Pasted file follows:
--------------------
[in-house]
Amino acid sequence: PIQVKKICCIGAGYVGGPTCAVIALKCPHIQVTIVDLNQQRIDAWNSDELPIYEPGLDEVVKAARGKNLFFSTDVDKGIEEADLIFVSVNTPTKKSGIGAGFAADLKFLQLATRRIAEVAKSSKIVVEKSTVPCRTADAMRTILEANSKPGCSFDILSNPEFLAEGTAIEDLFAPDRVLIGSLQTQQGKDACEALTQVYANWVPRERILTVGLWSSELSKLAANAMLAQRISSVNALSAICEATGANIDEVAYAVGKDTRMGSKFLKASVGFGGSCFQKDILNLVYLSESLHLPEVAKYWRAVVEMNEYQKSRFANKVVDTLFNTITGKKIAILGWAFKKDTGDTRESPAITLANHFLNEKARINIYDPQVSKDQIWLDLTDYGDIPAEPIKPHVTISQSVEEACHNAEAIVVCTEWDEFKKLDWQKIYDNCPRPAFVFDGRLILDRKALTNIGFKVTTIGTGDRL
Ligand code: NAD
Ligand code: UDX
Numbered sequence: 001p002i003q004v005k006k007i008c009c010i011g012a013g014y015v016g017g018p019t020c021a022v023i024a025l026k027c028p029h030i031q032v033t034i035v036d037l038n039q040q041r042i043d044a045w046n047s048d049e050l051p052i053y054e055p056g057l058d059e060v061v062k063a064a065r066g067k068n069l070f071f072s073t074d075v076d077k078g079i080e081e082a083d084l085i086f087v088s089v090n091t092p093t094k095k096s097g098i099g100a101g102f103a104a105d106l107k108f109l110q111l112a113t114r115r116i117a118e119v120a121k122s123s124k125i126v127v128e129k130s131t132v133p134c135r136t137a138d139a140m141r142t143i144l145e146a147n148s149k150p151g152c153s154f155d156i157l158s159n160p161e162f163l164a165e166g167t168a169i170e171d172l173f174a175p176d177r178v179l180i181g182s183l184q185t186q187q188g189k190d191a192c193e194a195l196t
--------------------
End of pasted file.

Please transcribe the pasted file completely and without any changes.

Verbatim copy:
[in-house]
Amino acid sequence: PIQVKKICCIGAGYVGGPTCAVIALKCPHIQVTIVDLNQQRIDAWNSDELPIYEPGLDEVVKAARGKNLFFSTDVDKGIEEADLIFVSVNTPTKKSGIGAGFAADLKFLQLATRRIAEVAKSSKIVVEKSTVPCRTADAMRTILEANSKPGCSFDILSNPEFLAEGTAIEDLFAPDRVLIGSLQTQQGKDACEALTQVYANWVPRERILTVGLWSSELSKLAANAMLAQRISSVNALSAICEATGANIDEVAYAVGKDTRMGSKFLKASVGFGGSCFQKDILNLVYLSESLHLPEVAKYWRAVVEMNEYQKSRFANKVVDTLFNTITGKKIAILGWAFKKDTGDTRESPAITLANHFLNEKARINIYDPQVSKDQIWLDLTDYGDIPAEPIKPHVTISQSVEEACHNAEAIVVCTEWDEFKKLDWQKIYDNCPRPAFVFDGRLILDRKALTNIGFKVTTIGTGDRL
Ligand code: NAD
Ligand code: UDX
Numbered sequence: 001p002i003q004v005k006k007i008c009c010i011g012a013g014y015v016g017g018p019t020c021a022v023i024a025l026k027c028p029h030i031q032v033t034i035v036d037l038n039q040q041r042i043d044a045w046n047s048d049e050l051p052i053y054e055p056g057l058d059e060v061v062k063a064a065r066g067k068n069l070f071f072s073t074d075v076d077k078g079i080e081e082a083d084l085i086f087v088s089v090n091t092p093t094k095k096s097g098i099g100a101g102f103a104a105d106l107k108f109l110q111l112a113t114r115r116i117a118e119v120a121k122s123s124k125i126v127v128e129k130s131t132v133p134c135r136t137a138d139a140m141r142t143i144l145e146a147n148s149k150p151g152c153s154f155d156i157l158s159n160p161e162f163l164a165e166g167t168a169i170e171d172l173f174a175p176d177r178v179l180i181g182s183l184q185t186q187q188g189k190d191a192c193e194a195l196t